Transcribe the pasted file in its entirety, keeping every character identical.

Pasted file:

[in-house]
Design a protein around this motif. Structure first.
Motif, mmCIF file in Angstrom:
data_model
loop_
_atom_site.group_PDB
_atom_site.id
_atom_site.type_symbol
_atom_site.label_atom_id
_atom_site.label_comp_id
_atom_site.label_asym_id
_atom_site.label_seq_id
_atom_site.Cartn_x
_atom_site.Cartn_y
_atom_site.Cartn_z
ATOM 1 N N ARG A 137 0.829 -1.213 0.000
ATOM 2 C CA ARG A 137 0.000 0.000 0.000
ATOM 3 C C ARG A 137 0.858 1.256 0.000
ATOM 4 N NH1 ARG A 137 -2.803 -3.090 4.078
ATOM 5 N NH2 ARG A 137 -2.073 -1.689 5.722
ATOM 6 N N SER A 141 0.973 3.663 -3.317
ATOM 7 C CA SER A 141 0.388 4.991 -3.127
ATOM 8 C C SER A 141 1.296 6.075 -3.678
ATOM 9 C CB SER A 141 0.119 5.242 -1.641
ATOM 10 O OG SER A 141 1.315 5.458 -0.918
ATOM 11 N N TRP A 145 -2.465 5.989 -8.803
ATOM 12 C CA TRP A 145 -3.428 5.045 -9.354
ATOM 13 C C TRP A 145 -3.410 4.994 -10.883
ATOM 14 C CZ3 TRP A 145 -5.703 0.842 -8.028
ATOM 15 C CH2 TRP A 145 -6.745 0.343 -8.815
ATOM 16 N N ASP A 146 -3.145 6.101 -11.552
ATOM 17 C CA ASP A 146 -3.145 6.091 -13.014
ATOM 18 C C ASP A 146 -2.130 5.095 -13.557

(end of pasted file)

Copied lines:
[in-house]
Design a protein around this motif. Structure first.
Motif, mmCIF file in Angstrom:
data_model
loop_
_atom_site.group_PDB
_atom_site.id
_atom_site.type_symbol
_atom_site.label_atom_id
_atom_site.label_comp_id
_atom_site.label_asym_id
_atom_site.label_seq_id
_atom_site.Cartn_x
_atom_site.Cartn_y
_atom_site.Cartn_z
ATOM 1 N N ARG A 137 0.829 -1.213 0.000
ATOM 2 C CA ARG A 137 0.000 0.000 0.000
ATOM 3 C C ARG A 137 0.858 1.256 0.000
ATOM 4 N NH1 ARG A 137 -2.803 -3.090 4.078
ATOM 5 N NH2 ARG A 137 -2.073 -1.689 5.722
ATOM 6 N N SER A 141 0.973 3.663 -3.317
ATOM 7 C CA SER A 141 0.388 4.991 -3.127
ATOM 8 C C SER A 141 1.296 6.075 -3.678
ATOM 9 C CB SER A 141 0.119 5.242 -1.641
ATOM 10 O OG SER A 141 1.315 5.458 -0.918
ATOM 11 N N TRP A 145 -2.465 5.989 -8.803
ATOM 12 C CA TRP A 145 -3.428 5.045 -9.354
ATOM 13 C C TRP A 145 -3.410 4.994 -10.883
ATOM 14 C CZ3 TRP A 145 -5.703 0.842 -8.028
ATOM 15 C CH2 TRP A 145 -6.745 0.343 -8.815
ATOM 16 N N ASP A 146 -3.145 6.101 -11.552
ATOM 17 C CA ASP A 146 -3.145 6.091 -13.014
ATOM 18 C C ASP A 146 -2.130 5.095 -13.557